Archive for the ‘Thomas Keller’ Category

Day 35 – Keller Chicken

March 24, 2007

March 18, 2007: Keller Chicken

A family favourite…when the four of us were done, there were no left overs, not a piece of skin, a wing-tip or morsel to be found. 

K. also whipped up some garlic mashed potatoes, a simple green salad and roasted carrots to round this one out.

No dessert for me as missed work due to the damaged clavicle has finally caught up and far too much writing is due Monday morning.


Day 9 – Roast Chicken

February 19, 2007

February 19, 2007  – Thomas Keller’s roast chicken with a side of roasted root veg.

This dish is so preposterously easy to make and so unbelievably good that we probably eat it about once every seven to ten days (I’d never done the math on this before, that’s like 40+ roasted chickens a year…)

There are maybe three steps to this:
1. Make sure the bird is dry
2. Shower the bird with one tablespoon of kosher salt (inside and out)
3. Truss the bird and pop it in a 450F oven

If you’re really lazy (and you’d have to be incredibly lazy) you could likely get away with just salting and roasting the bird.

That’s it.

At about the 35 minute mark, throw some peeled and roughly chopped carrots, parsnips, sweet potatoes and whole unpeeled garlic cloves into a shallow oven safe roaster with a bit of chicken stock on the bottom. Drizzle on a touch of olive oil, some kosher salt and keep the lid on.

In an hour there’s one succulent bird with crispy salty skin ready to go. 

The bird has to rest for 10 to 15 minutes, at that point pull the lid off the veggies, take the oven temp down to 375 and let veg finish roasting.

The Wine
2004 Henri &Gilles Buisson Margauttiere Pinot Noir: a pretty but simple wine, it has a bright lively acidity that matches perfectly with the salty moist chicken.

The Verdict
Our daughter loves the drumsticks (food she doesn’t have to battle with a knife and fork) and the boy will easily eat both thighs and some of the breast.

This dish used to be good for leftovers, but now the four of us consume the whole thing. I can see a day in the not too distant future when we’ll have to roast two birds…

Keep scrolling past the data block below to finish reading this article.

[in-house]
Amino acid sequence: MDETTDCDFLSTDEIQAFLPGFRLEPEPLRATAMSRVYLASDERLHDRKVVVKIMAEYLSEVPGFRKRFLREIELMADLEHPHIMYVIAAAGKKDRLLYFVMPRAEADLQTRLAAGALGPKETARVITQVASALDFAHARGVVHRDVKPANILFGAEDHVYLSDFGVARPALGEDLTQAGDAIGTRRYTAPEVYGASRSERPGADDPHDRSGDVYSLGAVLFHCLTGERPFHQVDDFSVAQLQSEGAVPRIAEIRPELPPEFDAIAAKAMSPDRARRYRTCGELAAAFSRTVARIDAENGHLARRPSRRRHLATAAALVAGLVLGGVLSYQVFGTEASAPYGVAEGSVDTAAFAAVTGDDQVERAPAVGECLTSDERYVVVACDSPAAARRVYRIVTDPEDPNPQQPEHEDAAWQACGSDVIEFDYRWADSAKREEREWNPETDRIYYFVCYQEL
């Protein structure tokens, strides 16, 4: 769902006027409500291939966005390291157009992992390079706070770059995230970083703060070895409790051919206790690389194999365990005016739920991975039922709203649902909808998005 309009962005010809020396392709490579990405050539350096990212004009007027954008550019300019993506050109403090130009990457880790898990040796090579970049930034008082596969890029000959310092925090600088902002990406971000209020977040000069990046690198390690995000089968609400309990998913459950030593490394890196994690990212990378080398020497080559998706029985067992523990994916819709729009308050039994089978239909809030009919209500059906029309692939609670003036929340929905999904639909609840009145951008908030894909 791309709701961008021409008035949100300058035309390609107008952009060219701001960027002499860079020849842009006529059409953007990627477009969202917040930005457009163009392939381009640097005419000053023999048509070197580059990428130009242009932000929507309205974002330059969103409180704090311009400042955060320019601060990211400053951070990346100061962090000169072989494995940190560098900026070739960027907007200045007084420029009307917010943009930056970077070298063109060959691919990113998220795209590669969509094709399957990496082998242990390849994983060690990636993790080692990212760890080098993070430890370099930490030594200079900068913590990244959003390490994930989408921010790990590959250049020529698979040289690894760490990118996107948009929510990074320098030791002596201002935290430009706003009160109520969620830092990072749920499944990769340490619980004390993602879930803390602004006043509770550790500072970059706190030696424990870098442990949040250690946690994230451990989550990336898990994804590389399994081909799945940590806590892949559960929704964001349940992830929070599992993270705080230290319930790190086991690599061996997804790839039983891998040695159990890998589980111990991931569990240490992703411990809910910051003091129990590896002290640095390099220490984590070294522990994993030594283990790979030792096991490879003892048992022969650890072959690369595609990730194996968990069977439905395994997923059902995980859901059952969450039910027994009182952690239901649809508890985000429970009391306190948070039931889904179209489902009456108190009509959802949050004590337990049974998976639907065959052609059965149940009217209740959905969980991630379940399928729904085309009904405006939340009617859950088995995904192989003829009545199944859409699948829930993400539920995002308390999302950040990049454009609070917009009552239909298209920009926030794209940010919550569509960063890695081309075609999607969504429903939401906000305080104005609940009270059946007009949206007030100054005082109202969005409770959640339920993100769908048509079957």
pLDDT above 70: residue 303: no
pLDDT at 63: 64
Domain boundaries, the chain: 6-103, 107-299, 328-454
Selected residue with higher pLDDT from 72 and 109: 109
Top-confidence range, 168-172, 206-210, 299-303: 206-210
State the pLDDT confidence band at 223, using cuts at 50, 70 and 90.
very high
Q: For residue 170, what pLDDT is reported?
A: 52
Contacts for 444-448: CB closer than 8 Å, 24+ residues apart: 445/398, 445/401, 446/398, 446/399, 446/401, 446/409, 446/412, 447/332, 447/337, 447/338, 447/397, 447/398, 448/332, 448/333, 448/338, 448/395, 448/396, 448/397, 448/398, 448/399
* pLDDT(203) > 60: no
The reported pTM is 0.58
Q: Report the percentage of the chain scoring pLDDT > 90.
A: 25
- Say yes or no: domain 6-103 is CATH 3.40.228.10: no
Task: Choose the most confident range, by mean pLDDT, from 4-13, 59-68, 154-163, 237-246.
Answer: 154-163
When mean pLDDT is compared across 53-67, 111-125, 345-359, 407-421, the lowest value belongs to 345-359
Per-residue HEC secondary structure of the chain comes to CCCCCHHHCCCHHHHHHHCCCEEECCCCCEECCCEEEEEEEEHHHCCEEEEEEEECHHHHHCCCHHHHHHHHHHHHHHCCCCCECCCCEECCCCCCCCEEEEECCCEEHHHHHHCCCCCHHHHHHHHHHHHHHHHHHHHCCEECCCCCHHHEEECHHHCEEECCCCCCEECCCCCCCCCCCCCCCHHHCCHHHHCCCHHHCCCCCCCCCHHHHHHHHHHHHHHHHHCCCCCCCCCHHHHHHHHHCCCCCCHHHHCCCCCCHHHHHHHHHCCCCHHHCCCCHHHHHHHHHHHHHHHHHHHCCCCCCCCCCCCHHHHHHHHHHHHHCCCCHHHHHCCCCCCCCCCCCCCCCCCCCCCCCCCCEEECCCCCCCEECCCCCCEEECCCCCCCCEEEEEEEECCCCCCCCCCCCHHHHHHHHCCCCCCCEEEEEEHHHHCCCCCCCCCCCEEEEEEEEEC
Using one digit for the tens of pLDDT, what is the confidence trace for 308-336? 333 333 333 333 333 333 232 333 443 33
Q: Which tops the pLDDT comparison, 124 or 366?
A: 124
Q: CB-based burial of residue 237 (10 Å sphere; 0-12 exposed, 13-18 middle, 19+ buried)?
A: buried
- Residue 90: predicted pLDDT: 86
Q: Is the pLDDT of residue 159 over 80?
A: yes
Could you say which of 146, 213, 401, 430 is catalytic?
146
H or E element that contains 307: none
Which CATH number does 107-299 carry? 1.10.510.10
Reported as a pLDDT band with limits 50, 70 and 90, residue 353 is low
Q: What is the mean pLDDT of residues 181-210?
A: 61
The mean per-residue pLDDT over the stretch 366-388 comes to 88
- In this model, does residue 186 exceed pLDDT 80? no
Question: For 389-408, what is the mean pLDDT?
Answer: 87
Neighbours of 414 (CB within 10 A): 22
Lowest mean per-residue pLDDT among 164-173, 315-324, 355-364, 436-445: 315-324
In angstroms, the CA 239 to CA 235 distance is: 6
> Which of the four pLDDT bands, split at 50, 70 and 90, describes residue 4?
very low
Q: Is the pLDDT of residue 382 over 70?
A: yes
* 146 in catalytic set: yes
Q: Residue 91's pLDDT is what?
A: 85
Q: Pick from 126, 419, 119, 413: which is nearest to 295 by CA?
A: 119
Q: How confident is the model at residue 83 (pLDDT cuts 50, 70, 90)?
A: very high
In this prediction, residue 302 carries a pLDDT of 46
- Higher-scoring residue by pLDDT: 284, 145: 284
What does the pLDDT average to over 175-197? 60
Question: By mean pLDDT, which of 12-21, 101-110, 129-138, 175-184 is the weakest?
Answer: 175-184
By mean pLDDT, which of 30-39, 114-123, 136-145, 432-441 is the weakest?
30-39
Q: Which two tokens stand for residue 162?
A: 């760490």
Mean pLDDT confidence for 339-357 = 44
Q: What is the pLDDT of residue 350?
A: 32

Day 8 – Squash Soup; Braised Lamb Shanks

February 18, 2007

February 18, 2007: Squash Soup and Braised Lamb Shanks

The soup is based on Thomas Keller’s Butternut Squash Soup recipe from his cookbook Bouchon. The lamb shanks are based on  a recipe in Nigel Slater’s The Kitchen Diaries (the book that inspired this blog).

Another freezing cold day, -19C with wind chill. The weatherman promised it would be +7C on Monday. Same folks are now calling for it to be -14C.  A 21 degree swing this time of year is just plain cruel.

If it was a weekday, it would be time to crack out the slowcooker, but as it’s a lazy Sunday it’s time for a nice soup and a good in-the-oven braise.

The Soup Prep
A large butternut squash is split in half, the cavity cleared of seeds and the neck removed.

The cavity gets a splash of olive oil, some salt and pepper and a collection of fresh herbs. The split squash goes cut side down on a foil lined sheet into a 350F oven for an hour.

While it roasts, I slice and dice: 1 cup of leeks, 1/2 cup of carrots, 1/2 cup of shallots, 1/2 cup of onions. The neck of the squash is peeled and cut into a 1/2 inch dice.

Stage II
Once the squash is out of the oven and cool enough to handle, a neutral oil is warmed in a large pan and in go the leeks, onions, carrots, and shallots. After five or so minutes, the raw diced squash, six cloves of peeled garlic, salt and pepper go into the pan.

Here’s the secret to this dish – two minutes after the squash and garlic go into the pan, add 2 tablespoons of honey. This is a twist I never would have thought of and it gives this soup a really deep, complex flavour.

After that, the roasted, skinned squashed, 6 cups of vegetable stock go into the pot -the whole thing is brought to the boil – and then simmered for at least 30 minutes.

Working in batches,  the soup is run through the blender and passed through a sieve back into a waiting saucepan. Taste the soup, adjust the seasonings; if it’s too thick add a bit more vegetable stock. Then it’s ready to just re-heat and serve. To finish it, Keller calls for nutmeg infused creme fraiche and fried sage, but that will have to wait for another day…

The Shanks
Last night I trimmed up a couple of lamb shanks, removing the excess fat and cutting back some of the silver skin. They trimmed shanks went into a Tupperware with a cup of red wine, a bay leaf, a touch of salt and a garlic clove that had been passed through a rasp.


This afternoon, the shanks get browned in hot oil and then a mirepoix hits the pan. Once the mirepoix has cooked off, the shanks, three smashed cloves of garlic, an onion cut into wedges, a cup of red wine and a cup of beef stock are added to the pan. The whole thing goes into a 300F oven for an hour.

After an hour, a tablespoon of grainy pommery mustard gets stirred into the mix, the shanks are turned over (wet side up, dry side into the mix) and it all heads back into the oven for another hour. 

Some garlic mashed potatoes go into the bowl and the shanks go on top…(with way too much steam for the camera to handle)
Shanks with a steamed lens

K. made chocolate pots de creme from the December issue of Cooks Illustrated. She said they were very easy to make and they were delicious; however, they were really heavy. Way heavier than any pots de creme I’ve ever had, bordering on being solid chocolate…perhaps she overcooked the creme anglais. Still, a bowl of dark chocolate with whipped cream is never a bad thing.

The Wine
2004 Saintsbury Chardonnay with the soup (thank goodness for half-bottles) and Plan Pegau Lot 2004 with the lamb.

The Verdict
Both kids liked the lamb, though they weren’t so sure about the soup or the mashed potatoes. As could be expected, the chocolate was a the most popular dish of the night.